Mazda CX-60 Homura


Mazda CX-60 e-Skyactiv D Hokuma, 2023, front
Mazda CX-60 e-Skyactiv D Hokuma, 2023, rear
Mazda CX-60 e-Skyactiv D Hokuma, 2023, interior
Mazda CX-60 e-Skyactiv D Hokuma, 2023, engine
Mazda CX-60 e-Skyactiv D Hokuma, 2023, rear seats
Mazda CX-60 e-Skyactiv D Hokuma, 2023, boot

FROM the outside, the new Mazda CX-60 Diesel is smartly bang-up-to-date with crisp, flowing lines and an appropriately macho stance.

It's built on a spanking new platform and is powered by an impressive 3.3-litre engine that's fresh out of the oven.

But in many ways, the top dog of the Mazda range is turning the clock back. As many manufacturers forsake diesel in the wake of climate change fears in favour of hybrid/petrol and electric power, the Japanese maker is investing heavily in the once uber-popular fuel.

Launched last year as a petrol plug-in version, the CX-60 is an upmarket, large SUV aimed at the Volvo, BMW and Audi market, where the majority of sales are corporate.

In terms of luxury, performance and styling it fits the bill well. But it was felt that there was still a need for diesel with its superior torque, towing ability and greater ‘real world' economy - enter the latest variant.

In a lot respects, the Diesel builds on the strengths of the petrol-plug-in, offering good on-road driving dynamics, a high level of standard equipment and a degree of prestige not far short of the German trio.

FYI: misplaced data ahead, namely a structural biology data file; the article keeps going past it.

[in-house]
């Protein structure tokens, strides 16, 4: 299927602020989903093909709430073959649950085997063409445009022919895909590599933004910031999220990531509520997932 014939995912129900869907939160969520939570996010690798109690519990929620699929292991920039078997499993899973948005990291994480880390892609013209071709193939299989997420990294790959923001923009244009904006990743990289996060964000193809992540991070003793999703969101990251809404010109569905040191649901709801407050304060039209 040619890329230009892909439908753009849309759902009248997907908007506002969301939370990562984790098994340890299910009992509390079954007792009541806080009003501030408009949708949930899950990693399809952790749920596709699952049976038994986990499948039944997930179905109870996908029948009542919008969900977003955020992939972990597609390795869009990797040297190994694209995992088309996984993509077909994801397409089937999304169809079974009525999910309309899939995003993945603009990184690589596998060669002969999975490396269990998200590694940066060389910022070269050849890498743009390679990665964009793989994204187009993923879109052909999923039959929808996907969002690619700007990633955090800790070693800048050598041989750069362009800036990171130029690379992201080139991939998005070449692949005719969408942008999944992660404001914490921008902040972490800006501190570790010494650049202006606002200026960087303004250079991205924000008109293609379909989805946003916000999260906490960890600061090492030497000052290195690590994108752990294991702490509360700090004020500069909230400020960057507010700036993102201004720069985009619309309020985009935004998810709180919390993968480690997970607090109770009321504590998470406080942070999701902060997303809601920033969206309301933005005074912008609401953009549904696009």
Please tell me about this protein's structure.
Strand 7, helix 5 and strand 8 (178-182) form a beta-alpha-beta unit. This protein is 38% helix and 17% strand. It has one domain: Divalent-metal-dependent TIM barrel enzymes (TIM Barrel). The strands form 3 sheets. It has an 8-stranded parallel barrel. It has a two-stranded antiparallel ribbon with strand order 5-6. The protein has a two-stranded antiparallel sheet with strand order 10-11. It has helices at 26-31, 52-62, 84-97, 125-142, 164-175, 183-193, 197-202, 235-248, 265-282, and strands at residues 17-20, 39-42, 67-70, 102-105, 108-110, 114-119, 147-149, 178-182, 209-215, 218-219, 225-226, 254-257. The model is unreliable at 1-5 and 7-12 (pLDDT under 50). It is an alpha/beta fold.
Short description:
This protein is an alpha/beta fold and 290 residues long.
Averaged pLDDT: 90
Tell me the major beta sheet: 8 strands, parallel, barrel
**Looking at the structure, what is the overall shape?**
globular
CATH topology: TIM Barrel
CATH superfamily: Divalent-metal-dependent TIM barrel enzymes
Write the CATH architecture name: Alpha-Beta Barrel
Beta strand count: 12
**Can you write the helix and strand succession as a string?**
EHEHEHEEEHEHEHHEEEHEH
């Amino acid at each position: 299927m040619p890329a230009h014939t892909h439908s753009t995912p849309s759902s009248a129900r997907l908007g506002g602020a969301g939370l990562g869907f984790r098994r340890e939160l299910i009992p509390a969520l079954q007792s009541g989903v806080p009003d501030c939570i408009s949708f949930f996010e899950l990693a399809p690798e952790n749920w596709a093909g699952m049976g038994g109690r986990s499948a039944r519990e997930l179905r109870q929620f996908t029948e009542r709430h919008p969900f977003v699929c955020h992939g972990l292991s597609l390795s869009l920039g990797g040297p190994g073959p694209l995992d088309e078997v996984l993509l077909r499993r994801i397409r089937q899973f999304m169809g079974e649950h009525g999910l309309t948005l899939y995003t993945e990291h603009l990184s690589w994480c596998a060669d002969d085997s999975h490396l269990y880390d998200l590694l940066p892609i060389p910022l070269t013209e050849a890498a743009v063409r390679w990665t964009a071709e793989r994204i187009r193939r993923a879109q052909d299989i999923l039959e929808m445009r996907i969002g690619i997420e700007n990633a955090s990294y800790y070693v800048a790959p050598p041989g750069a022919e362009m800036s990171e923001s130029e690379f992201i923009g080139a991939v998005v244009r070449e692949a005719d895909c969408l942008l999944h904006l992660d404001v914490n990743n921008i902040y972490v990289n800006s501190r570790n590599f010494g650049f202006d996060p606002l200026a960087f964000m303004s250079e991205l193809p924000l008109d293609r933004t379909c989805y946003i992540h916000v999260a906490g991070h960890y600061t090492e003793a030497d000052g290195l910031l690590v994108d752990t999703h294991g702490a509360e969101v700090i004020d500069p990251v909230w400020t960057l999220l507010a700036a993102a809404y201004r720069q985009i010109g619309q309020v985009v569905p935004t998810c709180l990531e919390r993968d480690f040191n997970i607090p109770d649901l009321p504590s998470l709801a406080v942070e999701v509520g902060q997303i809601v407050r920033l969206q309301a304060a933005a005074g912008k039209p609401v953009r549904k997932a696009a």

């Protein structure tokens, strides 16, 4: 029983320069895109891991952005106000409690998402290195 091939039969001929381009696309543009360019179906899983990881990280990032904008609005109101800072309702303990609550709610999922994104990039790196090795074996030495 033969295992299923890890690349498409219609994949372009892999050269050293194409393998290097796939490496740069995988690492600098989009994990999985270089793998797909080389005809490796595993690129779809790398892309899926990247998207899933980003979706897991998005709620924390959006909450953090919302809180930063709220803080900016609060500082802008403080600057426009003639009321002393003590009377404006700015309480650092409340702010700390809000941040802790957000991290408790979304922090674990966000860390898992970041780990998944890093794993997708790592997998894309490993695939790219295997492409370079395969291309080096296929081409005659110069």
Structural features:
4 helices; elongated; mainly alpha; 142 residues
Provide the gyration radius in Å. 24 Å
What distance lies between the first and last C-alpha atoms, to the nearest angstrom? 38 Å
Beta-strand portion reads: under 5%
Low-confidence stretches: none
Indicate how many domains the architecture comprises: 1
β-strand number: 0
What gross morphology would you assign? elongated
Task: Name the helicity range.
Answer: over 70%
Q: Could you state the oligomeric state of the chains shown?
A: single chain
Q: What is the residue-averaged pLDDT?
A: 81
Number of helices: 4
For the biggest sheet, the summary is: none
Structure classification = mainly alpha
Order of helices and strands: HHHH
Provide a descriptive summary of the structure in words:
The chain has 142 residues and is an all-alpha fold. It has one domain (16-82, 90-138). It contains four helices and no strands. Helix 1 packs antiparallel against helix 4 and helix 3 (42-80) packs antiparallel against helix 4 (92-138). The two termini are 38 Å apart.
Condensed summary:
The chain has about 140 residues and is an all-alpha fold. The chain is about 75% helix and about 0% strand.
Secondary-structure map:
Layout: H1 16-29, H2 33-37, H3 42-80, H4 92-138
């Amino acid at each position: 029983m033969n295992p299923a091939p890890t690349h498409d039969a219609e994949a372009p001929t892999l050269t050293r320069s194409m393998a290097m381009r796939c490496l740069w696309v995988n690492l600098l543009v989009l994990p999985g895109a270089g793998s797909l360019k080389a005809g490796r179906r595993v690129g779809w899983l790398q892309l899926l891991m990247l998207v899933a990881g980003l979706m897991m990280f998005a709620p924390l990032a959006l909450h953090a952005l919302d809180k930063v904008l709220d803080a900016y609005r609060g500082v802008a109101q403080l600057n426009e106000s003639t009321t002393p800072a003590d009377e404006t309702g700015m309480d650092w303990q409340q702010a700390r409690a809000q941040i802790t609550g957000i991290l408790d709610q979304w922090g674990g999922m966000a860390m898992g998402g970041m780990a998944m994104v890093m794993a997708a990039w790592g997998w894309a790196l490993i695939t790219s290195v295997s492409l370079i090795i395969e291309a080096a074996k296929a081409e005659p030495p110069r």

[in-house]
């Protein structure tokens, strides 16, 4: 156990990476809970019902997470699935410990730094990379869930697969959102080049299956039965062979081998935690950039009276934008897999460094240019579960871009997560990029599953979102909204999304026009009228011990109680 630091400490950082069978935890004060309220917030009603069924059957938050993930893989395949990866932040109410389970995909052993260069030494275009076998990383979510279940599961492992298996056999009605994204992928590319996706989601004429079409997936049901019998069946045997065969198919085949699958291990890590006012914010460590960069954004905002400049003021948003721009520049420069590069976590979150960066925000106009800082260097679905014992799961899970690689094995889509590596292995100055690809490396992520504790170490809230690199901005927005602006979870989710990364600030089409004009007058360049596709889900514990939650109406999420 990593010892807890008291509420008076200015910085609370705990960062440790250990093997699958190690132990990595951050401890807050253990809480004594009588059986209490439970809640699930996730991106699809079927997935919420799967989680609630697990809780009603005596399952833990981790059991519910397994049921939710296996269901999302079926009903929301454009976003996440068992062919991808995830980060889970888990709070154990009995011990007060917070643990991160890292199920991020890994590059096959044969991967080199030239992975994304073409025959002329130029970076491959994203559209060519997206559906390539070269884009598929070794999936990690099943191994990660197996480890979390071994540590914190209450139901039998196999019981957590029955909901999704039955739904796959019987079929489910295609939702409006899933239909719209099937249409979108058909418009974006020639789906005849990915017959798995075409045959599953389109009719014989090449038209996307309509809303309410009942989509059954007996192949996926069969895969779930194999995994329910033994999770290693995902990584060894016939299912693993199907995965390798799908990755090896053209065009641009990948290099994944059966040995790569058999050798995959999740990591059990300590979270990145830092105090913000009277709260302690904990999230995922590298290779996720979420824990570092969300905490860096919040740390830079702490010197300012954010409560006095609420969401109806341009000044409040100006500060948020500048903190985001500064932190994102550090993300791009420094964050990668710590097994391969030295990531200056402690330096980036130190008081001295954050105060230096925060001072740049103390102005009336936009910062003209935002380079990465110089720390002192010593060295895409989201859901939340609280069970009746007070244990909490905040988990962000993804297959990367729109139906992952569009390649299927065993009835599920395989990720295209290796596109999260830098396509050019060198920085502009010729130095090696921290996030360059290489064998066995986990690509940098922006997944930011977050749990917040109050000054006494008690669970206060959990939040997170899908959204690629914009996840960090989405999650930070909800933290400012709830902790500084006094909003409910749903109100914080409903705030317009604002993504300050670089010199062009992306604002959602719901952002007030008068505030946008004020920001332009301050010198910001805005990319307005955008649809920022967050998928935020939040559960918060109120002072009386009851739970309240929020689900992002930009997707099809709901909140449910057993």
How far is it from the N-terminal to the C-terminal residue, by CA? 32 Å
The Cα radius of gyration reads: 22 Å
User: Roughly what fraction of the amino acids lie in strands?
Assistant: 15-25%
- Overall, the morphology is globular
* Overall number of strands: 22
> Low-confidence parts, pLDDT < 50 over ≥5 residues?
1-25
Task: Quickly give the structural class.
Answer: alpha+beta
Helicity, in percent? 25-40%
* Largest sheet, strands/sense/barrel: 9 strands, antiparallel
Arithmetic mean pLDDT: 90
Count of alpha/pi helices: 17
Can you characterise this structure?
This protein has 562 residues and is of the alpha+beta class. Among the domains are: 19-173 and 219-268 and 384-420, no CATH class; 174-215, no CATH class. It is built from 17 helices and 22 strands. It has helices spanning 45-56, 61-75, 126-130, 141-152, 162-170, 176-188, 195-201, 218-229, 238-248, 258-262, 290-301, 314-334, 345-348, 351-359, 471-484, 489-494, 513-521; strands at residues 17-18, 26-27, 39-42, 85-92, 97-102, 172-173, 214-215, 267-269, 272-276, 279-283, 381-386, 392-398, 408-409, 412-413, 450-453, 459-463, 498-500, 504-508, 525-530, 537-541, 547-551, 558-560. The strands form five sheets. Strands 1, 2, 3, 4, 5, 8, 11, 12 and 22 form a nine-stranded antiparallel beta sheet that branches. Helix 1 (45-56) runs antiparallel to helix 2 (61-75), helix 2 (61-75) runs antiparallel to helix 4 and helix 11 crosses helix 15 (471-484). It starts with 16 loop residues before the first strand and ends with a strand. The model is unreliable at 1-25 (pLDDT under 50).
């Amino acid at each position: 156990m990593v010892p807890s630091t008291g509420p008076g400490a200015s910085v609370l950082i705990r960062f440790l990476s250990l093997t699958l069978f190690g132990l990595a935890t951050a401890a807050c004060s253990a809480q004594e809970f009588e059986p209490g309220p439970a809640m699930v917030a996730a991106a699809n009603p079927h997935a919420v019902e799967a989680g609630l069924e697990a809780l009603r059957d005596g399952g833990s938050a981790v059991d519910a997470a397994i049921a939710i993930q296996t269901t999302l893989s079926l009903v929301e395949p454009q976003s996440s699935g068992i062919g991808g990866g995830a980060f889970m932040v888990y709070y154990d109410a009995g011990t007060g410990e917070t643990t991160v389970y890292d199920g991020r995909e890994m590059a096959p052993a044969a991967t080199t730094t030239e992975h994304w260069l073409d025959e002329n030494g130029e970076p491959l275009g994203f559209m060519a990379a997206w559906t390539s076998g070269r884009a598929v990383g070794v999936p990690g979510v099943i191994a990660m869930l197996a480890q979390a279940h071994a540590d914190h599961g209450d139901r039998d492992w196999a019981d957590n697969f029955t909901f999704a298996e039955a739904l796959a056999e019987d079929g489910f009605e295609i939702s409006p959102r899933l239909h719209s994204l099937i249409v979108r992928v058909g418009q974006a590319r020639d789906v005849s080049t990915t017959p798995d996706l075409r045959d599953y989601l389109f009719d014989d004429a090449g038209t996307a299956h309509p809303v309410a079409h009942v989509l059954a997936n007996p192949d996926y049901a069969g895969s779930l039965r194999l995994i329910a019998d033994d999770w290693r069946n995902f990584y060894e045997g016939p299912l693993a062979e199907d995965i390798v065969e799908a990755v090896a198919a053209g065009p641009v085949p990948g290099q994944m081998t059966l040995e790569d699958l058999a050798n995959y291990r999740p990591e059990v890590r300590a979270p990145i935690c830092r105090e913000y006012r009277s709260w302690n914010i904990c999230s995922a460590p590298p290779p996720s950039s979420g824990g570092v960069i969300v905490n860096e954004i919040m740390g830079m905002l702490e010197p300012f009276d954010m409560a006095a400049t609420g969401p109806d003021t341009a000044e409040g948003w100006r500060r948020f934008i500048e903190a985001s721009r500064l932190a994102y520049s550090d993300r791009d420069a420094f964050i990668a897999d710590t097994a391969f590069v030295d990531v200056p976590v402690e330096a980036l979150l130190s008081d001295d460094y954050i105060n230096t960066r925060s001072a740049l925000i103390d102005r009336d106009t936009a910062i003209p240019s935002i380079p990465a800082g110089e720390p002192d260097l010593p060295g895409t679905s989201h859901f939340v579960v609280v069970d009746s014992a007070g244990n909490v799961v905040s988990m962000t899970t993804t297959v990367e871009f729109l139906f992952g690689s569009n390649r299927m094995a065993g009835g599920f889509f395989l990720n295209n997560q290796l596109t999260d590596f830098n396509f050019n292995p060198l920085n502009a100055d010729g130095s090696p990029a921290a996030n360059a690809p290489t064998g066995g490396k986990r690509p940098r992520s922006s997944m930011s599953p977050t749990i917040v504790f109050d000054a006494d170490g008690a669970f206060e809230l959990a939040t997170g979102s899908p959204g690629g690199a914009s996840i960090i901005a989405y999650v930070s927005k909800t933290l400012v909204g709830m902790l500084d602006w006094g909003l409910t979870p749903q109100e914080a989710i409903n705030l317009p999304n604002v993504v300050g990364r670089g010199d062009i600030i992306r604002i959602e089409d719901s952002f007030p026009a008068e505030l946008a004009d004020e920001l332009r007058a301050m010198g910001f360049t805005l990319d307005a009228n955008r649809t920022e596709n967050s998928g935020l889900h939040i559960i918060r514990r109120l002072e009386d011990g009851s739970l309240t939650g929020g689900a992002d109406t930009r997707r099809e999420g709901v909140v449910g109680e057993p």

The six-cylinder turbo unit knocks out a gutsy 251 bhp in its most powerful form and is linked via an eight speed automatic gearbox to four-wheel-drive. Acceleration is punchy enough with 62mph coming up in around seven seconds, though it lags slightly behind BMW's straight six diesel.

It's a quiet engine that purrs away contentedly most of the time. Only at tick-over do you notice the telltale diesel rattle. Economy is one of its strengths - we managed regularly to get 45mpg on brisk country running. Emissions level is also good with a 138g/km.

Handling is tidy and competent rather than sporting and there's no denying the forces of gravity, for this is a tall vehicle and inevitably there's some cornering roll when pushing hard. Nevertheless, it's a pleasant drive and the ride quality we judged to be better and more controlled than the petrol version.

Mazda has made great strides in cabin design, which were first apparent in the excellent CX-5, the marque's best seller. This progress takes a further step forward in the CX-60 with quality plastic mouldings, lots of soft-touch materials all well fitted and pleasing to the eye and touch.

There's no shortage of space within the sizeable cabin. Large, well-shaped front seats hug and support their passengers and space in the rear is more than ample. The boot, too, is generously sized and well shaped holding up to 570litres of luggage. Rear seats split and fold to make way for extra cargo.

The Homura version we drove comes with electrically operated front seats, powered tailgate and panoramic opening glass sunroof as well as Bose sound equipment. Sat nav, climate control, parking sensors and reversing camera are standard across the line-up.


Mazda CX-60 Homura Diesel

Price: £48,380

Mechanical: 3.3-litre, 6 cylinder, 25ibhp diesel engine driving 4 wheels via automatic gearbox

Max Speed: 136mph

0-62mph: 7.4sec

Combined MPG: 53.3

Insurance Group: 38

C02 emissions: 138g/km

Bik rating: 32%

Warranty: 3yrs/60,000 miles


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